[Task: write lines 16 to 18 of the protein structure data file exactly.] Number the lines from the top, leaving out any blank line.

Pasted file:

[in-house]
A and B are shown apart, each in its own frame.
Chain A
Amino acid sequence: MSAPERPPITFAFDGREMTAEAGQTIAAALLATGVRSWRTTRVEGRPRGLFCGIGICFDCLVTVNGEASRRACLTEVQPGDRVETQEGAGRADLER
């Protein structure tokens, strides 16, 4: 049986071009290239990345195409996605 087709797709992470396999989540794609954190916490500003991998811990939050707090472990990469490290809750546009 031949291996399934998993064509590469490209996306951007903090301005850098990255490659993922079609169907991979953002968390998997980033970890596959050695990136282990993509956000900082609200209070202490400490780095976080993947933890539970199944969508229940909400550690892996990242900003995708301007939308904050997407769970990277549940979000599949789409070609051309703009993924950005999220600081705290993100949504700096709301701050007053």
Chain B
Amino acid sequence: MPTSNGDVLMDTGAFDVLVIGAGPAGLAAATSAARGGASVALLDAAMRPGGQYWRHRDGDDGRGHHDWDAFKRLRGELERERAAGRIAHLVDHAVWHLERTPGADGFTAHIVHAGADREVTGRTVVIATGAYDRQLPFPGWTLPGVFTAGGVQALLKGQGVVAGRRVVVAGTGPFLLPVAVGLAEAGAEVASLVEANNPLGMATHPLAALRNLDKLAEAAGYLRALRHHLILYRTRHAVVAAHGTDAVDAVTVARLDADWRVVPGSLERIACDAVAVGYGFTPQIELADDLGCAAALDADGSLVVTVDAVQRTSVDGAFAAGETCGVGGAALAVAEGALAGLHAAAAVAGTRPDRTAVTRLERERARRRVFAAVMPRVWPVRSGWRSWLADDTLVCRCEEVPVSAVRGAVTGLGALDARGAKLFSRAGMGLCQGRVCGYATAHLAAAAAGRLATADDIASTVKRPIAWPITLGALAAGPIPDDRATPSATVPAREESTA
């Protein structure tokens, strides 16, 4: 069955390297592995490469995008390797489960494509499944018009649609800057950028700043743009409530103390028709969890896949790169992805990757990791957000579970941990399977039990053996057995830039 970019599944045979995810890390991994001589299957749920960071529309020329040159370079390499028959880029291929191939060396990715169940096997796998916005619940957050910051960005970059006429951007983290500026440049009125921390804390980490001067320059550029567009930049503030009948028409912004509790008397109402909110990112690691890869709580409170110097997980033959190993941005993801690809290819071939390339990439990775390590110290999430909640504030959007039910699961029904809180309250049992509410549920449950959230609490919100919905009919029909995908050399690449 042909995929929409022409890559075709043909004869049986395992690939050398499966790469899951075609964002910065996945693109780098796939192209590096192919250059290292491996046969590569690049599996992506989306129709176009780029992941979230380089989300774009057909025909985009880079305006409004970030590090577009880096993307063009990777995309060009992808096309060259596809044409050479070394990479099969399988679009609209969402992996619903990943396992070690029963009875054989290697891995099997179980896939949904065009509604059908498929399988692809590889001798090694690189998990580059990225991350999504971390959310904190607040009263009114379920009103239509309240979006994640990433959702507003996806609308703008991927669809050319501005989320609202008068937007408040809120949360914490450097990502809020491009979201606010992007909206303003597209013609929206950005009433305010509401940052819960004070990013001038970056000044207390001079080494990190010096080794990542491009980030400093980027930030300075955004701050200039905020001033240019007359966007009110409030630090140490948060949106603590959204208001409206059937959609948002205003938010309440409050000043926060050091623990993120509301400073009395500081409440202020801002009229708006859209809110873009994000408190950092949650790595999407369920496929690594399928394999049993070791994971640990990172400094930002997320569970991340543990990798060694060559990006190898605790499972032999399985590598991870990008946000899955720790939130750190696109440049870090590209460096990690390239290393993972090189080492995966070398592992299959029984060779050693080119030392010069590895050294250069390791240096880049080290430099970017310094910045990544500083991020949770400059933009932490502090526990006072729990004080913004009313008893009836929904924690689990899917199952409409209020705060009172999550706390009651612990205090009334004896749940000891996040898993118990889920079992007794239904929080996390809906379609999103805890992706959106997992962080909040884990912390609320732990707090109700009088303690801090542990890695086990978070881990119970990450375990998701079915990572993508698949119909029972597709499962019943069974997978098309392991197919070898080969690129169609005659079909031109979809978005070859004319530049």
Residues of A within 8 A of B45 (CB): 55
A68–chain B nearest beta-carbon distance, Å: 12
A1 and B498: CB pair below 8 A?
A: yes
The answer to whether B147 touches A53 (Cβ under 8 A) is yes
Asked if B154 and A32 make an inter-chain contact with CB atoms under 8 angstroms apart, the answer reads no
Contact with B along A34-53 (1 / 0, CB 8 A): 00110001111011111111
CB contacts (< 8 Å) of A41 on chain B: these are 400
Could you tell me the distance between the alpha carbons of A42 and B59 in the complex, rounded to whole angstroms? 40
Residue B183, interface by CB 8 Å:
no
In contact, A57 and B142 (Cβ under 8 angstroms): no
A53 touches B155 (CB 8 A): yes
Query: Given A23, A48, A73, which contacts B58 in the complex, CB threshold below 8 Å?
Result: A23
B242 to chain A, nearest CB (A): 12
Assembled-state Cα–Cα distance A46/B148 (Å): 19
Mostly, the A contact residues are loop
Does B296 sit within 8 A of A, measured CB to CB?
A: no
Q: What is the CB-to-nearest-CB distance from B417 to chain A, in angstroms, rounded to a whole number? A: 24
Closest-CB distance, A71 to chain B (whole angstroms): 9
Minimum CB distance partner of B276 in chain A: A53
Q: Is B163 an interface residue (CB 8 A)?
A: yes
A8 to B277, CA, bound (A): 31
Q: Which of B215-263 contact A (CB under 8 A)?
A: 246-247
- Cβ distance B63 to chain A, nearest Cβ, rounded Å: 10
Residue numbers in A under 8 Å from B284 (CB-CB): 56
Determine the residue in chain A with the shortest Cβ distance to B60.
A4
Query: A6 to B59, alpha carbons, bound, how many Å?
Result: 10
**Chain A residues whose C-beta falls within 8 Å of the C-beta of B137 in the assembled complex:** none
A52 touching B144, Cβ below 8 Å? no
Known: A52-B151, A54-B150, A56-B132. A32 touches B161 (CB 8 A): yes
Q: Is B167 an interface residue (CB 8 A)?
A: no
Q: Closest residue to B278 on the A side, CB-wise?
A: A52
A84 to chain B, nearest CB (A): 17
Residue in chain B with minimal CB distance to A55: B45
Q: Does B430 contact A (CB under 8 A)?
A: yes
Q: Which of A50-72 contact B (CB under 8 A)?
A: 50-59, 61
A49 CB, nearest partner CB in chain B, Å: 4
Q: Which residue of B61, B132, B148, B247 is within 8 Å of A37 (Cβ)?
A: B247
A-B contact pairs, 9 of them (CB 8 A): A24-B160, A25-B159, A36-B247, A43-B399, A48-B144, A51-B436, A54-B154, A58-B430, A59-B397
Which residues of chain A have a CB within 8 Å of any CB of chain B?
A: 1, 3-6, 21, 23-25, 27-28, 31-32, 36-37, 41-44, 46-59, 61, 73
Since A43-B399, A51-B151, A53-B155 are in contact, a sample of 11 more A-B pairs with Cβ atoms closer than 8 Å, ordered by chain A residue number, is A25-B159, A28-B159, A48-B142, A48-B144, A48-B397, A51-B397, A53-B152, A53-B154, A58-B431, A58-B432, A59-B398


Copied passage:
CB contacts (< 8 Å) of A41 on chain B: these are 400
Could you tell me the distance between the alpha carbons of A42 and B59 in the complex, rounded to whole angstroms? 40
Residue B183, interface by CB 8 Å: